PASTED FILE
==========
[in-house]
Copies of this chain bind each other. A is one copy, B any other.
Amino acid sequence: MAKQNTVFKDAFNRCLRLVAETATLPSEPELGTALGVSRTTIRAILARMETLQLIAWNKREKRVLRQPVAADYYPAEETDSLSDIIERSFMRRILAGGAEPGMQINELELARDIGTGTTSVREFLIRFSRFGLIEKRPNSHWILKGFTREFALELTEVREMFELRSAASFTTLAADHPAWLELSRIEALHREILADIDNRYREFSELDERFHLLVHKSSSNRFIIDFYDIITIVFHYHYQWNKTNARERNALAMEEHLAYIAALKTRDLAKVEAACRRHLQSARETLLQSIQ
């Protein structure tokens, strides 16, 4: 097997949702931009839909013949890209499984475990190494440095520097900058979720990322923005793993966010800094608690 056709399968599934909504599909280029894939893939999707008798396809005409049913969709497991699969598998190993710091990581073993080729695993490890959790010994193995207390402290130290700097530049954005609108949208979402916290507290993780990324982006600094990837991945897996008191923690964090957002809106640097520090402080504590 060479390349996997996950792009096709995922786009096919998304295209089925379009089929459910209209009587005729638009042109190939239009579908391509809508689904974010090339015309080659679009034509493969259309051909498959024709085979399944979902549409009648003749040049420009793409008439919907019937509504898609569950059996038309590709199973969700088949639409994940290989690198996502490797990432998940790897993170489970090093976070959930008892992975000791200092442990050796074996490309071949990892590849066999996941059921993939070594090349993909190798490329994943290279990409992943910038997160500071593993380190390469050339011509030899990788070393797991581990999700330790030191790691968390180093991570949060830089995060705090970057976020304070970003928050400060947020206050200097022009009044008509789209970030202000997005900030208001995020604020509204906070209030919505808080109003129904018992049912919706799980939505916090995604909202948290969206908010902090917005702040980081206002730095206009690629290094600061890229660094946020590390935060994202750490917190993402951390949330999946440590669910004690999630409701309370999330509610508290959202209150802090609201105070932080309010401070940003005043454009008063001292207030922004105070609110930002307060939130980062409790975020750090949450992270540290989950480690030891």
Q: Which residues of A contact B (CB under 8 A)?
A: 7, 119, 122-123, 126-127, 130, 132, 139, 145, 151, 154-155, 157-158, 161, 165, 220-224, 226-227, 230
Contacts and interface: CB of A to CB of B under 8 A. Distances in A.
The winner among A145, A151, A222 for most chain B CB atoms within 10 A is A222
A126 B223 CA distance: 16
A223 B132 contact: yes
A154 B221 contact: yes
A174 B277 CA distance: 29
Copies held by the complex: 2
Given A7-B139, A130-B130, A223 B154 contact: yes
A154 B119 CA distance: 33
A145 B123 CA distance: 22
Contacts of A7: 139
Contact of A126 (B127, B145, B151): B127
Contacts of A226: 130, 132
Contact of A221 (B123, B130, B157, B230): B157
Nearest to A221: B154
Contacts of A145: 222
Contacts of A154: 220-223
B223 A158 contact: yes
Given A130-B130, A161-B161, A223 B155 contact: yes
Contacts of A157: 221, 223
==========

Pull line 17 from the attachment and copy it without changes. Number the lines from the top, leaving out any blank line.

Contacts of A7: 139